Att döma någon till livstids cancellering utan chans till gottgörande baserat på händelser som aldrig prövats i domstol är både inhumant och grymt. Det skriver Beatriz Villarroel, astronom och postdoc vid NORDITA, angående toppforskaren Geoff Marcy, som tidigare anklagats för sextrakasserier. Efter att ha publicerat med Marcy har Villarroel nu själv blivit cancellerad från flera konferenser enligt principen om “guilt by association”. Vi publicerar här hennes ställningstagande i engelsk original.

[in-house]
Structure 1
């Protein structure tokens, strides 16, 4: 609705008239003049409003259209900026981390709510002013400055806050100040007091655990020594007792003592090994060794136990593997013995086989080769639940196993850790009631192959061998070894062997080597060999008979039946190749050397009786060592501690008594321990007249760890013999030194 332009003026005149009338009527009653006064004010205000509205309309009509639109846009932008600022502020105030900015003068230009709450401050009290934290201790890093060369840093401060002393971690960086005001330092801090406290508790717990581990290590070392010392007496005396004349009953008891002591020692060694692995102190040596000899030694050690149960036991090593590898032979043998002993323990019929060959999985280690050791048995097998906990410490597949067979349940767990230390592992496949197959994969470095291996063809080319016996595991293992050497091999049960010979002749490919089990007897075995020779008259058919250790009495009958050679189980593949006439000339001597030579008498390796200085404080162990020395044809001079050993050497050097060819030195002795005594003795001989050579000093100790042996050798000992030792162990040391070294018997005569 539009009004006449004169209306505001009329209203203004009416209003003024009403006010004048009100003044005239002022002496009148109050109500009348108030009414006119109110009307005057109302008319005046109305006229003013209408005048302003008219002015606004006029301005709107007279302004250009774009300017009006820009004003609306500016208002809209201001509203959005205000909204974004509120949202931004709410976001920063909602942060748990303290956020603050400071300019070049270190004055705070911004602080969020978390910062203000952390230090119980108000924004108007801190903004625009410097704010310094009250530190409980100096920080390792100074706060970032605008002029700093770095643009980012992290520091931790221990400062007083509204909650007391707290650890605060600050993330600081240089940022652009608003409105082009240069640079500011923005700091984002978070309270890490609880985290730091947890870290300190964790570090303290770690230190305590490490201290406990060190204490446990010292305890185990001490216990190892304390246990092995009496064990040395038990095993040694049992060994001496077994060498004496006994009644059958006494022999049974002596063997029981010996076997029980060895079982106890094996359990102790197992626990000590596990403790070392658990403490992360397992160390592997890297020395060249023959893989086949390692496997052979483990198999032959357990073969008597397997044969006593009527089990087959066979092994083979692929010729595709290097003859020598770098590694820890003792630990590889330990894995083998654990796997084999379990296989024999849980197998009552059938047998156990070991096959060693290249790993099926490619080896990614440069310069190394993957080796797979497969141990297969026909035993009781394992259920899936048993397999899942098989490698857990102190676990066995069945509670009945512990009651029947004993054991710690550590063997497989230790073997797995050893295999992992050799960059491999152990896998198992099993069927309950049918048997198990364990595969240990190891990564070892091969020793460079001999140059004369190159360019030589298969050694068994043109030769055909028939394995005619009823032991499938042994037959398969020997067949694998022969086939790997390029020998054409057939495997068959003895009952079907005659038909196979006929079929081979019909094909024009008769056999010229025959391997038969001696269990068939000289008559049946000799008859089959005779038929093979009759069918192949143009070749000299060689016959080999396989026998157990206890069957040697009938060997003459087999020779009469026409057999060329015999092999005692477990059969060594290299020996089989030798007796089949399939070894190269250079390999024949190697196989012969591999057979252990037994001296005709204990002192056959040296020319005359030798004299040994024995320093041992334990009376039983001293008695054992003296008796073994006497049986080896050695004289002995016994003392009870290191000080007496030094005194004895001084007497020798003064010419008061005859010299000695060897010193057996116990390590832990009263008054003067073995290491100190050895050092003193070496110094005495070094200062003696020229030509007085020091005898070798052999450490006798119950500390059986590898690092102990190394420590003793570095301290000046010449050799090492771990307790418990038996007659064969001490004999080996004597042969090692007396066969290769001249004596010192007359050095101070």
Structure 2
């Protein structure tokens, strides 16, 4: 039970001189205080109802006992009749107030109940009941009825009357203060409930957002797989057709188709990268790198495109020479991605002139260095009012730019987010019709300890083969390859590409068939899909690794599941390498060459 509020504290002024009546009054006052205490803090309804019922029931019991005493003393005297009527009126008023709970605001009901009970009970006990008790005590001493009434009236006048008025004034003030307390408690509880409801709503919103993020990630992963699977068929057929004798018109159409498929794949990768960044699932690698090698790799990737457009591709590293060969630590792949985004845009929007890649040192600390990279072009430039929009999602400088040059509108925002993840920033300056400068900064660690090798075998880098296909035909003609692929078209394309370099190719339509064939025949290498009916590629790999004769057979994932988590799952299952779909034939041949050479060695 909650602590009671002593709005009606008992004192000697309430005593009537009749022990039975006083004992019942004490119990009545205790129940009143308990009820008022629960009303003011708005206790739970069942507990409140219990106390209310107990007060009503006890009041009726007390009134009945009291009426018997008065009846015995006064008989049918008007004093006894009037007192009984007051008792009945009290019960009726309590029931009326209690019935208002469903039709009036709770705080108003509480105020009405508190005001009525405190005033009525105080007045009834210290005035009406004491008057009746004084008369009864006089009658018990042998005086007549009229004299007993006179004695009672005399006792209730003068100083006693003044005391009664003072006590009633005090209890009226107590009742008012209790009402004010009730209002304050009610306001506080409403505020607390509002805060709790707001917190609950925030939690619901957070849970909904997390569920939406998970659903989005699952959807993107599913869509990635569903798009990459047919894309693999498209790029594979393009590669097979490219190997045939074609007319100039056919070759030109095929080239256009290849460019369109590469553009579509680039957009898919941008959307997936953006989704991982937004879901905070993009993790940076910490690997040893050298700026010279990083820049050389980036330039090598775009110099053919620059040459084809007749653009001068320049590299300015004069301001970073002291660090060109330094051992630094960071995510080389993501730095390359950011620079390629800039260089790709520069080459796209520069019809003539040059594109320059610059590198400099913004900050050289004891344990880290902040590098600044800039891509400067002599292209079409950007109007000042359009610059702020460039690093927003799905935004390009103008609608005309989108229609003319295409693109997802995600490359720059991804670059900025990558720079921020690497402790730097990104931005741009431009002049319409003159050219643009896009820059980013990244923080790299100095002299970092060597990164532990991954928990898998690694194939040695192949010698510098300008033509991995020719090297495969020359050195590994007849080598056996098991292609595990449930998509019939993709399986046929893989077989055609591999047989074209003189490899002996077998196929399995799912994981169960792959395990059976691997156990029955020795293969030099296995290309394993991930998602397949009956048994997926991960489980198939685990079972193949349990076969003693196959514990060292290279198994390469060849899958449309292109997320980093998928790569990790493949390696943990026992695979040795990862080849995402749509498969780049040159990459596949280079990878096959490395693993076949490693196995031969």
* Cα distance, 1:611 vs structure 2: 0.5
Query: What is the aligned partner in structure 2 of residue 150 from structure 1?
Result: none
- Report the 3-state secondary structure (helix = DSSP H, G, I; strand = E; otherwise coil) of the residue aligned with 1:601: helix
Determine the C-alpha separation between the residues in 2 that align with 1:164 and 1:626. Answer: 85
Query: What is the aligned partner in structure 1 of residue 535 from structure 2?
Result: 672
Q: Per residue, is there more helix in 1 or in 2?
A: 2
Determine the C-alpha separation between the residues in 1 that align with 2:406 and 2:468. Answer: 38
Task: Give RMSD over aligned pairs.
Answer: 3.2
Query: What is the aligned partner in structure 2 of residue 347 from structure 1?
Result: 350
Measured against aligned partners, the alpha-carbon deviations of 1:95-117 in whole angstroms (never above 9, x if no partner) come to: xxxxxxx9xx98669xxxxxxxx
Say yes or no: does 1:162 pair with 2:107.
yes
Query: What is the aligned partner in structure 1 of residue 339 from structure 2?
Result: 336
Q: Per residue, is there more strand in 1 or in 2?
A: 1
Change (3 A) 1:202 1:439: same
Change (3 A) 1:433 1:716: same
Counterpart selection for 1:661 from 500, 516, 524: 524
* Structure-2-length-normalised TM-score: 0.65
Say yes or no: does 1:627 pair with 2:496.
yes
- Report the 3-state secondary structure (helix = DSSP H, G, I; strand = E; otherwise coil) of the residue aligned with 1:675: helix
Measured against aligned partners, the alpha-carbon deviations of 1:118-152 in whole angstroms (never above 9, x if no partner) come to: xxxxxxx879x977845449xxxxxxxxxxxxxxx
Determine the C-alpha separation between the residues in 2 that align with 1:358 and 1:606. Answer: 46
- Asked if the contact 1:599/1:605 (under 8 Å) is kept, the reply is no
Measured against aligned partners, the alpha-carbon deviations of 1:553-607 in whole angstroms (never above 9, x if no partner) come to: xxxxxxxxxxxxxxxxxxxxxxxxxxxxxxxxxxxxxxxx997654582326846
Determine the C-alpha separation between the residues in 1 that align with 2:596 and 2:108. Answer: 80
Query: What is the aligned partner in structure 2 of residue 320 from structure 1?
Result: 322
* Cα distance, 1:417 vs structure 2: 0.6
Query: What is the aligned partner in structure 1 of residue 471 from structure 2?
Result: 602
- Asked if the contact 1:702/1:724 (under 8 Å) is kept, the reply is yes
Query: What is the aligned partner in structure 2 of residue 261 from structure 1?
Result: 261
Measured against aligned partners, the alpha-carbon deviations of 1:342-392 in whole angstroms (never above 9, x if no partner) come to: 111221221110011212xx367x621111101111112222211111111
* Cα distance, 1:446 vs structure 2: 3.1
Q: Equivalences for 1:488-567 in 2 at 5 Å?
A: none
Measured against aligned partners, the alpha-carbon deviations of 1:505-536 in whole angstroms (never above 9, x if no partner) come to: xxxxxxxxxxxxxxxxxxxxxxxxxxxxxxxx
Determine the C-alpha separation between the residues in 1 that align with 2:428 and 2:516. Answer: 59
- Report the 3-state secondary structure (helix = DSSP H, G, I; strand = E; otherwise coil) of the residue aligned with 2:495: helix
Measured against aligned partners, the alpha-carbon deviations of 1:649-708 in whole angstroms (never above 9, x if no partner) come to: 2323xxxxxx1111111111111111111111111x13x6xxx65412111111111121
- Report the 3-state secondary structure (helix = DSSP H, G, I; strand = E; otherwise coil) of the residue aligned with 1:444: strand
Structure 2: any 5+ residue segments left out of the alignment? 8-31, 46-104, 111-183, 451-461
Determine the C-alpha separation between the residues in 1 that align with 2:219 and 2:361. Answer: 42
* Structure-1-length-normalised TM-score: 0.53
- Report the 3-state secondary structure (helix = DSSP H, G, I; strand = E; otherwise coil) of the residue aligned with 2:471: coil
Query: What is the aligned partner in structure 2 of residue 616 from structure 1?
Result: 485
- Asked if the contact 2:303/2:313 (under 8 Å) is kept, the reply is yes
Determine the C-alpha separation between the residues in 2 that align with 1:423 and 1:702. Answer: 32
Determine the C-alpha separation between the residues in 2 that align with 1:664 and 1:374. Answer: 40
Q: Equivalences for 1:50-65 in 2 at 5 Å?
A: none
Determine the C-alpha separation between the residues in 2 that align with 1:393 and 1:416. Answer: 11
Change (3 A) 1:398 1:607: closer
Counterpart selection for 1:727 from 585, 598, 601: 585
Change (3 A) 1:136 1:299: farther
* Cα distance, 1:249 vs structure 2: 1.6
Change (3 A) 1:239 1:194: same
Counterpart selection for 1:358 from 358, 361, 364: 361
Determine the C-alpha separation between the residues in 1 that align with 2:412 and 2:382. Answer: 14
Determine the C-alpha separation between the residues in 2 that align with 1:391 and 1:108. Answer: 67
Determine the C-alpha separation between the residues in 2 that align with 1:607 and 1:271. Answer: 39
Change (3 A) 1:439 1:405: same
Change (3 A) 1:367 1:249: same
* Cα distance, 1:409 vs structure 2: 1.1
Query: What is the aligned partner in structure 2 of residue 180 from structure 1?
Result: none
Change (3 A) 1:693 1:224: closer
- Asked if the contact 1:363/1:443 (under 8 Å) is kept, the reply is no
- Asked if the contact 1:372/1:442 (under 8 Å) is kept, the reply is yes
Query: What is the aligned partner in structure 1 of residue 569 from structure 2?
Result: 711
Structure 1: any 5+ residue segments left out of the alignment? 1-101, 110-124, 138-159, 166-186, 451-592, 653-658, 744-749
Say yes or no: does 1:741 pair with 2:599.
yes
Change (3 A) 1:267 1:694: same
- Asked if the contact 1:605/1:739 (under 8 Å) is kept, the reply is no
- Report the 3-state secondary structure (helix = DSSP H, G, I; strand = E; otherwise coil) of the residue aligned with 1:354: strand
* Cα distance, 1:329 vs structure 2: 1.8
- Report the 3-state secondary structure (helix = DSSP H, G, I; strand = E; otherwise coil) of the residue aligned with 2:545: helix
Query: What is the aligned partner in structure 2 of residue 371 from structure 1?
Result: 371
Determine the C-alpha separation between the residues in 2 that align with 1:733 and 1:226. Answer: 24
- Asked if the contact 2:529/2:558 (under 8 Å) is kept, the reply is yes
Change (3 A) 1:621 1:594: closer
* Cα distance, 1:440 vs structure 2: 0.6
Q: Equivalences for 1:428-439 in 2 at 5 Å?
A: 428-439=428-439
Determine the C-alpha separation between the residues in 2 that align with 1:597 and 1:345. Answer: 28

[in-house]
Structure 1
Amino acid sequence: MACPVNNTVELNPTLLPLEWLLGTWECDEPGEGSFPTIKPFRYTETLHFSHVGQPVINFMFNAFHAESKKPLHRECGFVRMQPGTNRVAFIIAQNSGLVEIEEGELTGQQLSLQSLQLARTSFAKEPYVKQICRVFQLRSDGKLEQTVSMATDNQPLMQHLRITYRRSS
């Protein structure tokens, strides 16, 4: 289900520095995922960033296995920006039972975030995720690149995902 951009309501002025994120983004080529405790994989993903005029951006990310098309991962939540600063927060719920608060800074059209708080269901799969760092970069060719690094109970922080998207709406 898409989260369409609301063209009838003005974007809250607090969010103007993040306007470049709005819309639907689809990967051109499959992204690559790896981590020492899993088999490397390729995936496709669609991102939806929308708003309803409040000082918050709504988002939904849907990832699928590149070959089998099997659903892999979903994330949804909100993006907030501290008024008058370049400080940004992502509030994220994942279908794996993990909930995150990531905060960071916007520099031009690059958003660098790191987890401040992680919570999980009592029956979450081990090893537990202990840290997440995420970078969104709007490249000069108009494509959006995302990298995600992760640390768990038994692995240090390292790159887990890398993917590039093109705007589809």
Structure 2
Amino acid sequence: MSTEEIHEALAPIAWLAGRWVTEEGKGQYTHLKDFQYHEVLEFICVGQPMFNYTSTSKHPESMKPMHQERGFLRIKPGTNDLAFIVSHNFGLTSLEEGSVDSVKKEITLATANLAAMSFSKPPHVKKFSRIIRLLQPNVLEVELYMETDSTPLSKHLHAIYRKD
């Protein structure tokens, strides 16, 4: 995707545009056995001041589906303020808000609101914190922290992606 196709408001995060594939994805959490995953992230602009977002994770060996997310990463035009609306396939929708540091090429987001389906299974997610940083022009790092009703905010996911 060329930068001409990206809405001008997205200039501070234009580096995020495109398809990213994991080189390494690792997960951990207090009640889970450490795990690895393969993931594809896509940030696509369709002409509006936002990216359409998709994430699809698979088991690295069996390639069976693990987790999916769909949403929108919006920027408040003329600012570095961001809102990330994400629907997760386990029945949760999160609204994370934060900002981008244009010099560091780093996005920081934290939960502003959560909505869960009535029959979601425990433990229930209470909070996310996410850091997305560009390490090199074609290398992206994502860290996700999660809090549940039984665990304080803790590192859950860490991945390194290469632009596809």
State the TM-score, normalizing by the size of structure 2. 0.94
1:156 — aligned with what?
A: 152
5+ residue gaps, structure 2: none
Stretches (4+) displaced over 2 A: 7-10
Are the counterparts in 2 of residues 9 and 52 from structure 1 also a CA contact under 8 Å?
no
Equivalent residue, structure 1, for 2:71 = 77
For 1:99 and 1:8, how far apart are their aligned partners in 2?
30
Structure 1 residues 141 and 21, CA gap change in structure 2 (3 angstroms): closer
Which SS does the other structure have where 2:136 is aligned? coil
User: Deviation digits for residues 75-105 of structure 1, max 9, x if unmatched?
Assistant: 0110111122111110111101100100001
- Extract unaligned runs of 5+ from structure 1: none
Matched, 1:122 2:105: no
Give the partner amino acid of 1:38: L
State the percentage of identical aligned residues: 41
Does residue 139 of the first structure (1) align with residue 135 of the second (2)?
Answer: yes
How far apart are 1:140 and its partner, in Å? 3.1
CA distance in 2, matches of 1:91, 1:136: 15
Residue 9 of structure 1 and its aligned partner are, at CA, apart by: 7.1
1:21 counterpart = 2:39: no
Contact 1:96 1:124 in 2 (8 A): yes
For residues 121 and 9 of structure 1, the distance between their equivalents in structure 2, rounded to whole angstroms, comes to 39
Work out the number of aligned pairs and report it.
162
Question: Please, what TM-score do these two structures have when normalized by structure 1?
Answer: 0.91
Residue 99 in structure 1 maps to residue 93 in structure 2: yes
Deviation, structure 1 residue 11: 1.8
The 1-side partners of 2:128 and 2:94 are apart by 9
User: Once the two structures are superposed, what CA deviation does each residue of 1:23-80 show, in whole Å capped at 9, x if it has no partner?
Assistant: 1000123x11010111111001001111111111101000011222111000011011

I am a postdoctoral researcher in astronomy at the Nordic Institute for Theoretical Physics in Sweden. In the last two years, I have been harassed and discriminated against on multiple occasions by other astronomers for my choice to work with exoplanet pioneer Geoff Marcy. Geoff Marcy was accused of sexual harassment in 2015 and subjected to a public shaming, after which he apologized and retired from the University of California, Berkeley. The allegations were never investigated by a court of law, only internally at Berkeley. The scandal happened just a couple of months after Geoff Marcy initiated the $100 million dollar Breakthrough Listen search for extraterrestrial intelligence, the most extensive search program to date. I heard about the case in the media and followed it because once I experienced damaging consequences after rejecting quid pro quo advances from an academic superior as an undergraduate (that episode was one of the main factors that made me leave my original undergraduate major and pursue astronomy). Years later, I got to know Geoff.